The second point with respect to which the Holy Spirit will convict the world is that of righteousness,
Here again we have the same indefinite form of expression that we encounter in the other two members. However it is here especially evident that the relation must be expressed by “concerning”, or “in respect to” for it is evident that the world is not convicted of its own righteousness but that it is compelled to concede to righteousness in some respect, which must now further appear from the course of the Savior’s statement.
But what righteousness is this, or whose? We must here assume a change of acting or existing subject, since in the former the world was the acting subject of the sin, whereas that same subject cannot be the acting subject in the case of the righteousness.
We shall therefore try to determine and define this righteousness from especially the “because” clause that is attached to it. That clause says, “because I go to the Father, and “ye see me no more”.
Now just as the Savior stands prominent in the ground for the conviction over the world’s sin, so He stands here in the ground of the conviction concerning righteousness. It is a righteousness that is especially demonstrated and proved by His going to the Father
Remembering now that we do not yet especially in John’s Gospel have the idea of righteousness used in the legal sense, as it is in the epistles of the apostle Paul, we are naturally lead to take it here in a more broad ethical sense, which looks at the actions or life’s attitude of some one. In this connection then at tin righteousness of Christ as He is viewed by God with respect to His purpose and work. And then He is viewed as the great servant of the Lord, who came into the world at the command of the Father, who undertook the task of representing the cause of God’s covenant here, who proclaimed the will of God, revealed it in word and deed, suffered to fulfill the needs of his brethren which the Father had given Him to redeem and bring into a reconciled state. And in this all he never gave any occasion of offense to any of the enemies of the cause of God. He would indeed say, “The Father hath not left me alone, for I do always those things that please Him”. And with respect to His conduct among men He could say, “Who of you convicteth Me of sin?”
Thus His righteousness here means that His entire mission has been fully and perfectly carried, that He has no delinquency with His sender in respect, whether in state or condition, and therefore is justly entitled to be removed from this earth with its accursed condition and to be transported into the paradise of God as a fitting abode for the faithful servant.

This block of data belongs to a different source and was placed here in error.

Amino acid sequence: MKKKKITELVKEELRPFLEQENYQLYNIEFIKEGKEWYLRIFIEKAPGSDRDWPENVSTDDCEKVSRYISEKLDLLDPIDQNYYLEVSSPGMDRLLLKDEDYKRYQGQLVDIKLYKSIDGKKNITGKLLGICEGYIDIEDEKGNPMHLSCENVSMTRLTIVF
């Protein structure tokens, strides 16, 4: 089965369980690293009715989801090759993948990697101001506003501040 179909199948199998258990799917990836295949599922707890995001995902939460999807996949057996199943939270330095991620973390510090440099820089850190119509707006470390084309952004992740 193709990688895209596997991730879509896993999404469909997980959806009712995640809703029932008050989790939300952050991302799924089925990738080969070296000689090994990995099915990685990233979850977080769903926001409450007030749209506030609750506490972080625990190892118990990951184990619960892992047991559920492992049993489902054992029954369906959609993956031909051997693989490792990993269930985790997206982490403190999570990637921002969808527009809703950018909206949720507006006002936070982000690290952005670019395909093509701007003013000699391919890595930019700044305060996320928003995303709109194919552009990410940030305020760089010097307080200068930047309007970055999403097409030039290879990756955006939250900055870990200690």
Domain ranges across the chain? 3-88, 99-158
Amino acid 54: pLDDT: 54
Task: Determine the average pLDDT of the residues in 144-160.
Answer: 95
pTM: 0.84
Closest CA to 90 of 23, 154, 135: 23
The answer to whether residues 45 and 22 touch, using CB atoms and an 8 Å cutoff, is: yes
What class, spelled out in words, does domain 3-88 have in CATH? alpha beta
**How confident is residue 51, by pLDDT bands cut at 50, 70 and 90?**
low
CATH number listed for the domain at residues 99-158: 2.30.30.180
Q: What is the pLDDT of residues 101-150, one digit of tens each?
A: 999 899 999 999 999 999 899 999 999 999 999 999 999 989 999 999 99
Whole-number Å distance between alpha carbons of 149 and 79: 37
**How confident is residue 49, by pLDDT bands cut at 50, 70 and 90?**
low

From this point of approach we may now also, because of the very indefiniteness of the expression, add that it includes the righteousness of the Father in rewarding His Son even though His cause was according to any human judgment a complete failure and a false pretense that ended in utter frustration and disgrace. The righteous Father does not forsake the righteous. And in the third place it applies to those who identified themselves with that righteous servant and His cause. Also their trust has been approved and their identification of themselves with the servant of the Lord and His cause, implies His acceptance of them and their participation in His justification.
Now in respect to this righteousness conviction will be wrought in the heart of the heart of the unbelieving world.
In distinction from the previously mentioned factor of sin, there is now a considerable advance. The fact of sin was established. But the question of the outcome of that sin was still not considered, whether it would ever be visited and eradicated was left unexpressed. Only the fact of its existence was definitely and convincingly demonstrated.
Now in contrast with all this sinfulness there is the emphatic statement and proof that Christ was righteous. And He is not only a righteous man, but a man sent of the Father on a mission, whereby He was to break that sin power under the auspices of the God of righteousness. And of this sender under whose auspices He undertook the mission, He receives the visible approval of the resurrection and exaltation to heavenly glory.
The undeniable fact of this exaltation is emphasized by the statement, “Ye see Me no more”. This is not a loose form of saying that the world does not see the Savior anymore, but sets his departure against the background of the fact that His intimate followers now see a sudden change in His position. He as the righteous one is thereby set definitely apart from all the other relatively righteous ones. To the Jews He had once said, “I go my way and ye shall seek Me, and shall die in your sins,” and “when ye have lifted up the Son of Man then shall ye know that I am He, and that I do nothing of Myself, but as My Father hath taught Me I speak these things” (). But in a similar sense this applies to the disciples, “Little children, yet a little while I am with you. Ye shall seek me, and as I said to the Jews, Whither I go ye cannot come, so now I say to you.” ).
He stands alone as the righteous one distinct from the world, but also, and that the more remarkable, also from His own righteous ones. He goes alone to receive the reward of perfect righteousness.
Now this fact is used to convince the world that the Savior was the righteous one and that God has a representative of righteousness in this world. The cause of the Son of God has His divine approval and shall surely triumph. No one will be able to deny this in his own conscience. Let us notice that of this righteousness the visible proof is held forth here, more than the righteousness itself, which, of course, is based on the cross. This visible vindication no one can deny. In the entire history, Jesus holds the entire stage. The Baptist is only a forerunner who drops from the stage as nothing but a servant or bridegroom’s attendant; the disciples and apostles direct all their light to illuminate Him as the one central figure. The resurrection and ascension of the servant of Jehovah stand as a mountain peak in the midst of history. He and His cause is justified before the eyes of all men.